Detailed Image of Dragonfly Eye

November 21, 2022



Photographer: Greg Parker 

Summary Author: Greg Parker  

Shown above is a full resolution, microscopic image of a dragonfly’s eye. The huge compound eyes of dragonflies are composed of up to 30,000 facets or little lenses. These compound eyes have a dorsal (upper) region that detects light directly from the sky above, and a ventral (under) region that collects light reflected off objects on the ground.

We humans like to think our eyesight is pretty good, and thanks in large part to our big brains, we have excellent vision. We rely only on three opsin genes, so we have three photoreceptors (cones), that are sensitive to blue, green, and red light. It turns out that the diversity of opsin proteins that animals have in their eyes is related to the quality of their vision. Dragonflies have between 15 and 33 such opsin genes, which should give some indication of just how well they can see.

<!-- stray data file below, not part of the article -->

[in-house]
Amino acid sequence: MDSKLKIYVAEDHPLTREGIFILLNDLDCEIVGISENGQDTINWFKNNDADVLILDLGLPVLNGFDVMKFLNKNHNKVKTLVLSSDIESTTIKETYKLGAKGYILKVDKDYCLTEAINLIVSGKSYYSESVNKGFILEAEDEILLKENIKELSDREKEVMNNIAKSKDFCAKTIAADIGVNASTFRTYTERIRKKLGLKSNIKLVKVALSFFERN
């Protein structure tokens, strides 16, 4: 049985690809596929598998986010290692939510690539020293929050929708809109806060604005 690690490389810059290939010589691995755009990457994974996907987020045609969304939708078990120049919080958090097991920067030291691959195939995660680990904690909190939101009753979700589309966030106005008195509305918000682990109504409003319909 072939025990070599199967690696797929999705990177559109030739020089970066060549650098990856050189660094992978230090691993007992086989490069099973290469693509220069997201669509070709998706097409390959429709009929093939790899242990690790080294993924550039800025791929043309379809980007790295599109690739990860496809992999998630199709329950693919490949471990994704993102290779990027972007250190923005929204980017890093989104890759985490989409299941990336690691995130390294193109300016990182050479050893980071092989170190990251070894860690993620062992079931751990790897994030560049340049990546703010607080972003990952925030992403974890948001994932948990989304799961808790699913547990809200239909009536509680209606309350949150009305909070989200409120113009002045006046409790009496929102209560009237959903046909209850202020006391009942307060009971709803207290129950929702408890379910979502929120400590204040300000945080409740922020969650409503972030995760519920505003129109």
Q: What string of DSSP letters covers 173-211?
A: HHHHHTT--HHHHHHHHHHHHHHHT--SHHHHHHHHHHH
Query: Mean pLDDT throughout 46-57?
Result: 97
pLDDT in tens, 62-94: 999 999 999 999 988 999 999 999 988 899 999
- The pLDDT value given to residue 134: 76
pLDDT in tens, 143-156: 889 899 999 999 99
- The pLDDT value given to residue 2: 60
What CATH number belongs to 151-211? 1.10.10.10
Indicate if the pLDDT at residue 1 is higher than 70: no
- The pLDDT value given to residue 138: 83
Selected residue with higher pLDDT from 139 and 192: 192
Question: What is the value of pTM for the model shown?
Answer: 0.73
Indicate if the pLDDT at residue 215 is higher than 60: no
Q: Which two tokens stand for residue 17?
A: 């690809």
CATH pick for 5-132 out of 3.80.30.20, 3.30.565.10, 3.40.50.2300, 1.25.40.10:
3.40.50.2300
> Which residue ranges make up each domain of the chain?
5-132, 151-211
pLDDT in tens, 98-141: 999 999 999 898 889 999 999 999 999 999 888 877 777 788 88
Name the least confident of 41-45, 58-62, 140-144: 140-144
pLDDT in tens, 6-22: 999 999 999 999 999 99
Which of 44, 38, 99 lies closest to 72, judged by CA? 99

Note that this image looks like it’s been taken with an electron microscope as it has an enormous depth of focus. However, the focus-stacking approach I use has a major advantage over electron microscope images in that the image is reproduced in real color!

Photo details: Both focus-stacking and assembling a mosaic are required to create an image such as this. I used a Canon 5D MkII DSLR and a L300BHTG research trinocular microscope, operating at a magnification of x20.


Hampshire, U.K Coordinates: 50.819444, -1.59

Related Links:

Blue Dasher Dragonfly

Ray Cannon's Nature Notes